I’m so glad we live in an age where people are doing large scale psychology studies, trying to discern the facts about our behaviour which our perceptions mask.

This has fed into the mainstream thanks to books like Nudge and Freakonomics, and is being used politically to great effect (viz Obama). (There are fears that it just means that those in power have more opportunity to exploit us, but that has always been the way. Now we are more aware of the collective effects of our cognitive fallacies, and availability of knowledge and information is never a bad thing.)

It’s a shame it’s not being used more by the green lobby, but .. well I digress.

The point is that some great psychology and neuroscience studies were published in 2009. Here are a two from a recent list which I hope you’ll find interesting:

If you have to choose between buying something or spending the money on a memorable experience, go with the experience. According to a study conducted at San Francisco State University, the things you own can’t make you as happy as the things you do. One reason is adaptation: we adapt to all things material in our lives in a matter of weeks, no matter how infatuated we were with the coveted possession the day we got it. Another reason is that experience, unlike possession, generally involves other people, and fosters or strengthens relationships that are more edifying over time than owning something.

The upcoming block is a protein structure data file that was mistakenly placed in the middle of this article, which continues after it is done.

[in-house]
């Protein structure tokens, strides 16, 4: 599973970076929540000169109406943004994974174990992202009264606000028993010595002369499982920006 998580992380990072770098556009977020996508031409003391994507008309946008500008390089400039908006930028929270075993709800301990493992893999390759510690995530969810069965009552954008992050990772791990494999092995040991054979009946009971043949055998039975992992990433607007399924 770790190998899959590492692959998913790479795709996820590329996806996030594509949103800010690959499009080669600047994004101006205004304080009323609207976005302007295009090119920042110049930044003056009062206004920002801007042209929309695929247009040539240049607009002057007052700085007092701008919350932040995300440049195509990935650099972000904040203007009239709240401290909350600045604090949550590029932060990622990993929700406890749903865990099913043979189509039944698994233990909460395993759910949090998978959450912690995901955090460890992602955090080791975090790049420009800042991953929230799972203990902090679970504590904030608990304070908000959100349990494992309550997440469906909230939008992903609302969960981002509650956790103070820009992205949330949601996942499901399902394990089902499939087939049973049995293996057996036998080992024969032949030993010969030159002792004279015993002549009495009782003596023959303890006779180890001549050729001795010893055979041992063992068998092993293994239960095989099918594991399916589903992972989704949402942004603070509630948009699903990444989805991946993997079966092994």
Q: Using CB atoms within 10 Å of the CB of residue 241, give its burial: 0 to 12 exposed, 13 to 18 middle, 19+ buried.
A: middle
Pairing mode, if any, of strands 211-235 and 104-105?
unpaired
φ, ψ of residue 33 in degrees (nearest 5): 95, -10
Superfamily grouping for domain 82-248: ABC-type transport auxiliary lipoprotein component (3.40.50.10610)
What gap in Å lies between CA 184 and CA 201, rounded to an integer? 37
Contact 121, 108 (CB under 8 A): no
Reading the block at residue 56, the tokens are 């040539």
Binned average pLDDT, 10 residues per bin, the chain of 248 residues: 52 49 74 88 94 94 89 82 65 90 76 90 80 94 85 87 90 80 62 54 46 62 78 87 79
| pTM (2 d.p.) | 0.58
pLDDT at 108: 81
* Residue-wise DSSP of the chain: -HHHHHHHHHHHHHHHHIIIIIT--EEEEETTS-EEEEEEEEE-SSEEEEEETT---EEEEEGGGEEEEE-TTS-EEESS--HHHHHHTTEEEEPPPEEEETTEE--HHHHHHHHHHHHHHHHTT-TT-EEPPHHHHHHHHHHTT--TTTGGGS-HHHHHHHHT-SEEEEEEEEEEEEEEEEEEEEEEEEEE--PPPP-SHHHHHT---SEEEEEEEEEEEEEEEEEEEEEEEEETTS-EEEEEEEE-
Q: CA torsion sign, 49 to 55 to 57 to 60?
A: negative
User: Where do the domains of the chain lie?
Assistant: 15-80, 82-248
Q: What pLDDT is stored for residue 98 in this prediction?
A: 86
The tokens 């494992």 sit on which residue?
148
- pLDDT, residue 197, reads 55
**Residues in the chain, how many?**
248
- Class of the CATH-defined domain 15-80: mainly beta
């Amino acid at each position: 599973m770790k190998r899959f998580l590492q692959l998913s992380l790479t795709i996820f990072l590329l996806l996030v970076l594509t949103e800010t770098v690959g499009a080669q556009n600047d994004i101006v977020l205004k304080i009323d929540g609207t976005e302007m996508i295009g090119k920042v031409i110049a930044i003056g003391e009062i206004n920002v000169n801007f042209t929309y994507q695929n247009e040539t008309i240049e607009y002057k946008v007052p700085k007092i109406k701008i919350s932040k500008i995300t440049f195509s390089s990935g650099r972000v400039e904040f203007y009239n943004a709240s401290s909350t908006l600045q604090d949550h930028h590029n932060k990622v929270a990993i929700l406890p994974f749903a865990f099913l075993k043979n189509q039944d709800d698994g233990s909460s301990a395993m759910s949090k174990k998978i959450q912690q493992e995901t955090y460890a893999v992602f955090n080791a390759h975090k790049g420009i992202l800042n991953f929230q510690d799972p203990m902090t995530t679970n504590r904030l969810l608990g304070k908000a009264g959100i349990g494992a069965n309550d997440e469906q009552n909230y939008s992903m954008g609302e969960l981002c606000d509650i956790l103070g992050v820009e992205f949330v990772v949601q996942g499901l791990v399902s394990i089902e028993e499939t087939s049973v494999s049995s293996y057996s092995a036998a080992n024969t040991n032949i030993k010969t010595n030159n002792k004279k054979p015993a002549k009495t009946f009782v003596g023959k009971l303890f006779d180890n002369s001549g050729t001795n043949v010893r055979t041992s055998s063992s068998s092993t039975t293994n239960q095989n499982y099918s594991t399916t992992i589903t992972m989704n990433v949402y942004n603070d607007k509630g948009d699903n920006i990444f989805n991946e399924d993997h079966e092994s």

Playing video games could be an unlikely cure for psychological trauma. Researchers at Oxford University hypothesized that playing Tetris after witnessing violence would sap some of the cognitive resources the brain would normally rely on to form memories.  A well-structured study in the journal PLoS One confirmed the finding–Tetris acted like a ‘cognitive vaccine’ against traumatic memory. Memory research suggests that there’s about a 6-hour window immediately after witnessing trauma during which memory formation can be disrupted.  The results of this study indicate that if you happen to have Tetris or a game like it handy during those six hours, it’s the cure for what ails you.

Source: Ten Psychology Studies from 2009 Worth Knowing About on BrainSpin

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